“Voters who are now engaging in absentee voting or vote-by-mail are not very familiar with the process,” Johnson-Blanco said. “Each state has very specific rules about what that process is. And unfortunately, if you miss one of the steps in the process, your ballot can get rejected.”

According to design expert Quesenbery, ballot rejection can be mitigated with good, clear graphic design.

“The design can and does make a difference,” she said.

The Center for Civic Design has specifically focused on absentee ballot envelope design, creating a set of vote-by-mail design packages that local election officials across the country can adapt. 

The envelopes are designed to be recognizable, readable, and simple for the postal service to process. They feature bold headings to act as guidelines for the reader, instructions written in plain language and a final checklist. The color, a bright purple for the 2020 elections, wraps around the envelope to make them stand out in a stack of mail.

The Center for Civic Design created a national model for absentee ballot envelopes, continuing work they started with California in 2017. The blue coloring here indicates that it is an outgoing envelope; the return envelopes are purple. (Center for Civic Design)

“Everything about the envelope, every bit of the design — except the amount of words on it, which are state law — is designed to get the ballot there and back accurately, with everybody who touches that ballot package being able to do their part with minimal errors.”

Sending the ballot back by deadline

The next step in ensuring that an absentee ballot counts is returning it to election officials in time.

“One of the biggest barriers to getting your vote counted by mail is oftentimes that postmark,” Kline said. “Lots of people think that no matter where they’re at, they can just put their ballot in the mail on Election Day and it will count. That’s not necessarily true everywhere.”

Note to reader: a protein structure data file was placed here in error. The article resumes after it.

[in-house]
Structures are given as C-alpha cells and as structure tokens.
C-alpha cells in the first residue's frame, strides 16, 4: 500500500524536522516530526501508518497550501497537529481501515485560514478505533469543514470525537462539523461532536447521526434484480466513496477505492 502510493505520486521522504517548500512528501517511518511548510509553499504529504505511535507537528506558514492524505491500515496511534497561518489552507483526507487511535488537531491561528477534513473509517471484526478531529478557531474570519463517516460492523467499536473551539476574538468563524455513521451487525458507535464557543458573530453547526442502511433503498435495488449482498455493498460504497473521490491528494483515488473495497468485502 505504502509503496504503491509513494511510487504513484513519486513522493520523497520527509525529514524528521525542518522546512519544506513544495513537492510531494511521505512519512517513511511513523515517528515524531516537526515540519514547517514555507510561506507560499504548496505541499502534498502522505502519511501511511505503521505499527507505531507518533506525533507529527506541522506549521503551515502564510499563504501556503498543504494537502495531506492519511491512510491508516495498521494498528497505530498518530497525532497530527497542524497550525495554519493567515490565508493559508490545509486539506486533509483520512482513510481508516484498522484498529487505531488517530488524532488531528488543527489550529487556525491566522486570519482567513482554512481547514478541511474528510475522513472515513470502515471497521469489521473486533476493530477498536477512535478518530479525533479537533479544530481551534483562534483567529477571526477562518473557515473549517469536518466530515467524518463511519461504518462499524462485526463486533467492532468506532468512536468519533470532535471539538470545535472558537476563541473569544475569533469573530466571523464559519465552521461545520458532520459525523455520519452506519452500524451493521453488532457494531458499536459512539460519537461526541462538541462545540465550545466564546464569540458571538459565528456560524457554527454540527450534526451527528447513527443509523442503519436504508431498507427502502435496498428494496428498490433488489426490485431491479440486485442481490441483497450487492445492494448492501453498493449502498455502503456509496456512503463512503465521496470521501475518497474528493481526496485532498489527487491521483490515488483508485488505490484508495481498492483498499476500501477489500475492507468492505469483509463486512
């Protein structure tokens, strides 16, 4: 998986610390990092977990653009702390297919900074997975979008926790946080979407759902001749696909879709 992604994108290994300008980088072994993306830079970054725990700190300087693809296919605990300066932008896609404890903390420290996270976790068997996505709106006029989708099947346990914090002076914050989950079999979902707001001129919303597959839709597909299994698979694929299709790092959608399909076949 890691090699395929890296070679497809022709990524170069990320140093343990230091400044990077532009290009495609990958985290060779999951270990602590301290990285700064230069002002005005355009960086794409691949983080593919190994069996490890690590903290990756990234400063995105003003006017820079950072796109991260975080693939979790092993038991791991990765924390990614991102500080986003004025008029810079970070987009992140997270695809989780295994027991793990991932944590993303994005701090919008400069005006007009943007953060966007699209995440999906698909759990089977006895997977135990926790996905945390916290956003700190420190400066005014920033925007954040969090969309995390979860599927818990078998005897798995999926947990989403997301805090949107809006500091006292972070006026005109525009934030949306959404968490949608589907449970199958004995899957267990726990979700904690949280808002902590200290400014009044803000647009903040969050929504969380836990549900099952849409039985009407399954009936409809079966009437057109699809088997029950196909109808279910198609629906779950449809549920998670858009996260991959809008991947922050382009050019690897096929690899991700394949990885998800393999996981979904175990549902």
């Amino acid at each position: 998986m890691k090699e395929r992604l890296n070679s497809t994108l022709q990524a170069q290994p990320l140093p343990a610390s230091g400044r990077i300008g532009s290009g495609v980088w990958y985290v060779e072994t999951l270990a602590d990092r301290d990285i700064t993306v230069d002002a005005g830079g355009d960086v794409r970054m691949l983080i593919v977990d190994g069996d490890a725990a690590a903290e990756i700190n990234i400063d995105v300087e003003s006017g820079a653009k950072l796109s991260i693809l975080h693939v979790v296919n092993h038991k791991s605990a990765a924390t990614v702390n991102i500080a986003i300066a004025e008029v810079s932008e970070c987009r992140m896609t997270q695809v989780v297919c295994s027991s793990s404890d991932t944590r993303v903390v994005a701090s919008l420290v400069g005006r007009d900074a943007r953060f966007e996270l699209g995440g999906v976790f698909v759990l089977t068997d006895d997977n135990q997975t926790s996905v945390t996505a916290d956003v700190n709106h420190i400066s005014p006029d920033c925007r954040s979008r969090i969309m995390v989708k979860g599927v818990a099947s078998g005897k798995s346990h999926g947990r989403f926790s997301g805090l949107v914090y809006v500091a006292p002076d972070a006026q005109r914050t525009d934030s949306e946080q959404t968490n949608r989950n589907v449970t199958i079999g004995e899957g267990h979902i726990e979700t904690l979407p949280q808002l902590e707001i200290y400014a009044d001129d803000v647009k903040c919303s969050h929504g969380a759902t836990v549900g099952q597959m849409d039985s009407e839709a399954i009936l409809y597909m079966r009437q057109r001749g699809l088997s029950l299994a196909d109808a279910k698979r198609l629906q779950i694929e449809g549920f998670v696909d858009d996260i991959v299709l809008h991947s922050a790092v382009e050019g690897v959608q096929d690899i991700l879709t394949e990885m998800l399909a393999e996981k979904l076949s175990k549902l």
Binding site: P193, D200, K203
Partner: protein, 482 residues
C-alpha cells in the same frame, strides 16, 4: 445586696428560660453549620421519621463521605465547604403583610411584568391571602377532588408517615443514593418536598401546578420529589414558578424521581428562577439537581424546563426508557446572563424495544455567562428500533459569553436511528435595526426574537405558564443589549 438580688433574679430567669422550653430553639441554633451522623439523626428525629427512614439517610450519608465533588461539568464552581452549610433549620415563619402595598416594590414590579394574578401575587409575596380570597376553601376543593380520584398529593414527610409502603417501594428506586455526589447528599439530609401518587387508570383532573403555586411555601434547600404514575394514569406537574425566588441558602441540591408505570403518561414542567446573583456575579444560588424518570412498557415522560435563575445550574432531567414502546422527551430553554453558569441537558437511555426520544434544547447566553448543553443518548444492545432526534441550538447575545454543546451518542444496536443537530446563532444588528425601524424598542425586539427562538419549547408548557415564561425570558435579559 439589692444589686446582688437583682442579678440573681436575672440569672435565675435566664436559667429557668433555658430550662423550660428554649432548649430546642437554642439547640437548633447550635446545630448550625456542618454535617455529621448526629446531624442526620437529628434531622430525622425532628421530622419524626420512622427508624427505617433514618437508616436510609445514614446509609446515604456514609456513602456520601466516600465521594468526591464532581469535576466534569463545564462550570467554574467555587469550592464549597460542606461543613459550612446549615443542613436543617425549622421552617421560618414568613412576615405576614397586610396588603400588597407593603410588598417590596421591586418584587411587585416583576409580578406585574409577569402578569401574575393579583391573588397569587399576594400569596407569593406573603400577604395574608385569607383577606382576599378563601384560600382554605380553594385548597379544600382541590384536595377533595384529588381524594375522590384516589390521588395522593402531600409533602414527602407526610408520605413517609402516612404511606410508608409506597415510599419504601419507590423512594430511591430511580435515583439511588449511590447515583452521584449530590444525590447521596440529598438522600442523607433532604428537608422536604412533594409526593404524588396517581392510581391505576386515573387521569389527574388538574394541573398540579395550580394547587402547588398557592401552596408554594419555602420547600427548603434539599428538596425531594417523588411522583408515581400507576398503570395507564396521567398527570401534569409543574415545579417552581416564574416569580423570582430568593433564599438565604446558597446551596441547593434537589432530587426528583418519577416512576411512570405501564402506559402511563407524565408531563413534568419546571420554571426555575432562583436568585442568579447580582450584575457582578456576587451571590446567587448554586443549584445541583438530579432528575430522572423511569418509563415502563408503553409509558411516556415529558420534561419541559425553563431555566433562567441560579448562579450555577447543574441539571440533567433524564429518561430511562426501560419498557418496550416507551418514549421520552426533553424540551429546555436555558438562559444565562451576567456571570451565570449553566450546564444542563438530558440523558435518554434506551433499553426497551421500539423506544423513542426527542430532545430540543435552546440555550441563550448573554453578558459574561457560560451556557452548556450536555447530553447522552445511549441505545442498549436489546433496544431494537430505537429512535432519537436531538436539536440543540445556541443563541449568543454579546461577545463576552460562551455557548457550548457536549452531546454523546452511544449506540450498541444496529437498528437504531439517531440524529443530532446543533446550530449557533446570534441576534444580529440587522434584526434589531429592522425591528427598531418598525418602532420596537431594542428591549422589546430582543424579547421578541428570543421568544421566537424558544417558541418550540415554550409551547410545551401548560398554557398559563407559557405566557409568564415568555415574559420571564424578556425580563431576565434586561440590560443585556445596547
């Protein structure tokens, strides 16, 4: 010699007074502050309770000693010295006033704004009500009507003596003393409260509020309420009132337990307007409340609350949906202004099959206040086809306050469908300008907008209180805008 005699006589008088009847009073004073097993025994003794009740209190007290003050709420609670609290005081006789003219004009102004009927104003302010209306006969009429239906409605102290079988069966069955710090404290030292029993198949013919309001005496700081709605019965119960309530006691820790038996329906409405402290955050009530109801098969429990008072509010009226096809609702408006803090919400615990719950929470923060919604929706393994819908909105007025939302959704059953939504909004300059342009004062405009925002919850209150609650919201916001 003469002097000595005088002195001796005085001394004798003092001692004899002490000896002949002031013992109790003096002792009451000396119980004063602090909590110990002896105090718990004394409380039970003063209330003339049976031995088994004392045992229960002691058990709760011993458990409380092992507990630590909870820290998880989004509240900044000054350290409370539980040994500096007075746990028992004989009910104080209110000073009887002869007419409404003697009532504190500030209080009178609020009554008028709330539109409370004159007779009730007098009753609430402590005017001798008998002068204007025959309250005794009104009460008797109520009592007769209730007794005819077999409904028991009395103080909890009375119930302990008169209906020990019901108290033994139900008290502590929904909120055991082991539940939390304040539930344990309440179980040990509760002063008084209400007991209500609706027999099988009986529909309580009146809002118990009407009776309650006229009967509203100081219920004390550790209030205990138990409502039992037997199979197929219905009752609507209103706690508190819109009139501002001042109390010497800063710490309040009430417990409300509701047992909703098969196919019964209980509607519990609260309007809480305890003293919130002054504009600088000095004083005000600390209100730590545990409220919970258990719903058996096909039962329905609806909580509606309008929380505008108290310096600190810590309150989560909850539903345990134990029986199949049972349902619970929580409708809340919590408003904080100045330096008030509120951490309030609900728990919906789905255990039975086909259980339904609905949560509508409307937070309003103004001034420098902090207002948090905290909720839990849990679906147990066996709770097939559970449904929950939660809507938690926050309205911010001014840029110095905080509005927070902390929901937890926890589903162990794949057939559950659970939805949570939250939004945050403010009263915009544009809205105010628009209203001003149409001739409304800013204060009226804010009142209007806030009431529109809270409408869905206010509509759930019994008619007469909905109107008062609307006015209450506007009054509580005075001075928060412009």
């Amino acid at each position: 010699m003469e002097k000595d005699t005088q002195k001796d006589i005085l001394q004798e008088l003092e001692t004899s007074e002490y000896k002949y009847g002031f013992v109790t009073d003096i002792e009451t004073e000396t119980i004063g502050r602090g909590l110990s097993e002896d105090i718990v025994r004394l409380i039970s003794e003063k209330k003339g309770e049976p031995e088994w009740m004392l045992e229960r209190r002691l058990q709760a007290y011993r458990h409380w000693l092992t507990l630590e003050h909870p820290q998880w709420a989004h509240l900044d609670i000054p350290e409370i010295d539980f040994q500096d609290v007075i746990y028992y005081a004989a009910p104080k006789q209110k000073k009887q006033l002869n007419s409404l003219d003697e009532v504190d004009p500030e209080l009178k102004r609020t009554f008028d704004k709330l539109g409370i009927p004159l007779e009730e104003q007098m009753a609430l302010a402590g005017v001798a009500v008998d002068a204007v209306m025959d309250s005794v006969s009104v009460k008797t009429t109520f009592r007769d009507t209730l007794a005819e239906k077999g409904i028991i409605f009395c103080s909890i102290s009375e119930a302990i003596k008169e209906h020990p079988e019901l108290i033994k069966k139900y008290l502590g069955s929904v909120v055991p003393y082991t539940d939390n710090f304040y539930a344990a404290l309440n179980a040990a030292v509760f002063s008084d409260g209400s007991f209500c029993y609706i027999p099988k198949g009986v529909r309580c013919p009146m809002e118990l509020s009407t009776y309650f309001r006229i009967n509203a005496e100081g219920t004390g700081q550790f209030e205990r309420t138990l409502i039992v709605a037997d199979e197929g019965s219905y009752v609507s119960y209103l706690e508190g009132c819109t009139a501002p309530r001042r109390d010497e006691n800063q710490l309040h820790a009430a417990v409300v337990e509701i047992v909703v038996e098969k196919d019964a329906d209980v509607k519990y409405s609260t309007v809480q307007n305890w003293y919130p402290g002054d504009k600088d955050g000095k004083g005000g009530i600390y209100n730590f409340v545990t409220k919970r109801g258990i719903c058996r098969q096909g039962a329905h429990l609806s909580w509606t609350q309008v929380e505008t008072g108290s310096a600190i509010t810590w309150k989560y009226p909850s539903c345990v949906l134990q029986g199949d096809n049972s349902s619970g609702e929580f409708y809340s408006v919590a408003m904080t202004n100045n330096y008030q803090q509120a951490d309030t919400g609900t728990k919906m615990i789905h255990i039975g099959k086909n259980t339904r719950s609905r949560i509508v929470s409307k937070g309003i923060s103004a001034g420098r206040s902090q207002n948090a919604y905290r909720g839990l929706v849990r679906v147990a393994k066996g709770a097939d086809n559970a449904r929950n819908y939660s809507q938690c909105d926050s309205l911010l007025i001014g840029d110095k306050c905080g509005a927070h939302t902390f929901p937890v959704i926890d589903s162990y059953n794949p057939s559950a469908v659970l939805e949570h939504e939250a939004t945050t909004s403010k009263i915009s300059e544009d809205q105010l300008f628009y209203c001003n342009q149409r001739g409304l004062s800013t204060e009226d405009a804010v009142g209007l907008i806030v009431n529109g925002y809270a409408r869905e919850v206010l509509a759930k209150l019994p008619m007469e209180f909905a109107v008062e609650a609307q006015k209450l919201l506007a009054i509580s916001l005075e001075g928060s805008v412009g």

Extending the postmark deadline is “the easiest way to enfranchise a lot of voters,” she said, and can be accomplished via executive order, rule change or legislation.

A federal judge in Manhattan, for example, recently ordered that election officials must count absentee ballots that were postmarked by June 24 in the state’s hotly contested 12th congressional district primary race. The ballots had postage-paid return envelopes, which don’t always get postmarked and therefore were rejected under state postmark law.

There has also been rising concern over a deluge of absentee ballots overwhelming the United States Postal Service and creating delays. Experts say this is largely unfounded, even as the newly-appointed postmaster general implements new policies that could affect how and when mail gets processed.

“Someone in California might get ten pieces of mail related to the election and one ballot,” Queensbury said. “They get all the rest of that stuff through. They can get the damn ballots through.” She pointed out that the postal service has no trouble processing other spikes in mail delivery, such as holiday cards and retail flyers for Black Friday.